The local authority must consider all the relevant issues (see below) and come to a decision about whether to approve the supermarket planning application. The application will initially be considered by paid planning officers working for the council who will be qualified and experienced planners. They should put together a report on the application based on an assessment of the supporting documents submitted, a comparison with local regional and national planning documents, and a summary of submissions received from third parties (including your objection).
The officers will then report to the council, normally with a recommendation for approval or refusal, and with what conditions to impose on the development. The decision will ultimately be made by those councillors (elected representatives) who sit on the planning committee (sometimes called the development control committee). The decision rests with the elected councillors but they should use the report and recommendations of the planners.
Normally, they adhere to what the planners suggest. However sometimes, including in controversial supermarket applications, the councillors will come to their own conclusions based on the report and vote against the recommendation. They may take into account the fact that there is substantial local opposition. Remember, these people are elected representatives so know it is wise to listen to what local people have to say. It is worth talking to councillors about your concerns with the development as well as submitting a formal objection letter. Click here to see how to lobby the Councillors on the committee.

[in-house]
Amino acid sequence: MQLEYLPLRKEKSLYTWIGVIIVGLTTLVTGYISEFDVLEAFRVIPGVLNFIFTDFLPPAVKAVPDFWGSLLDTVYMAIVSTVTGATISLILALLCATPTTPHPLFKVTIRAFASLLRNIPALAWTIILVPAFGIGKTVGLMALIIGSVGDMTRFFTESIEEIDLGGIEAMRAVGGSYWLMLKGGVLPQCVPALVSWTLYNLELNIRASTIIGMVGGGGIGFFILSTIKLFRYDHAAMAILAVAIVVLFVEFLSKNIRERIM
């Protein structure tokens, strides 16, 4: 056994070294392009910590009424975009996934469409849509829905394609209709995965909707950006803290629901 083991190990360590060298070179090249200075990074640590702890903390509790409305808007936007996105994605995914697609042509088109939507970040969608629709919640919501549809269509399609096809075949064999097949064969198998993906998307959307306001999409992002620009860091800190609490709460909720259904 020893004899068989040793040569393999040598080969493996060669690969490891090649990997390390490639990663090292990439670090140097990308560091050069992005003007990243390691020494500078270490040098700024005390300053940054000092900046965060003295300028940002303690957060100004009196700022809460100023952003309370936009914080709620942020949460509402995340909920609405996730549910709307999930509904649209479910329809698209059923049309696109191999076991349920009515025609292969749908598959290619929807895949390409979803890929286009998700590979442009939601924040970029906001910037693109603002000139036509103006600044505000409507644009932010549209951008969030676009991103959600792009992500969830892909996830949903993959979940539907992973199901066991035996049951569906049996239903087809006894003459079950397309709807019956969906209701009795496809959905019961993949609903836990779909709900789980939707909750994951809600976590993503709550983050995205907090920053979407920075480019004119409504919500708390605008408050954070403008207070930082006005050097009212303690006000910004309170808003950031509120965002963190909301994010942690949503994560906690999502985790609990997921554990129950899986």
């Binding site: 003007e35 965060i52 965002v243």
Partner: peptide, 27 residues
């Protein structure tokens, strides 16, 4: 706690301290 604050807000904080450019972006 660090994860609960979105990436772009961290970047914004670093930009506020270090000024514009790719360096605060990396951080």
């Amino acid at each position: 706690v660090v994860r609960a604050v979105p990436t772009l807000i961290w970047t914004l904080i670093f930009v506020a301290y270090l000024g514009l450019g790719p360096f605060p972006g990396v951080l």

Whether they go with or against the recommendation of the case officer, the councillors' decision must be based on sound planning reasons and the application's compliance with national, regional and local planning policy. The developer may appeal against the refusal so the council should be able to show that it voted against the development for the correct reasons. Click here for further information on appeals.
To see decision notices from previous decisions against supermarkets, see Tescopoly's guide and Friends of the Earth's parallel briefing.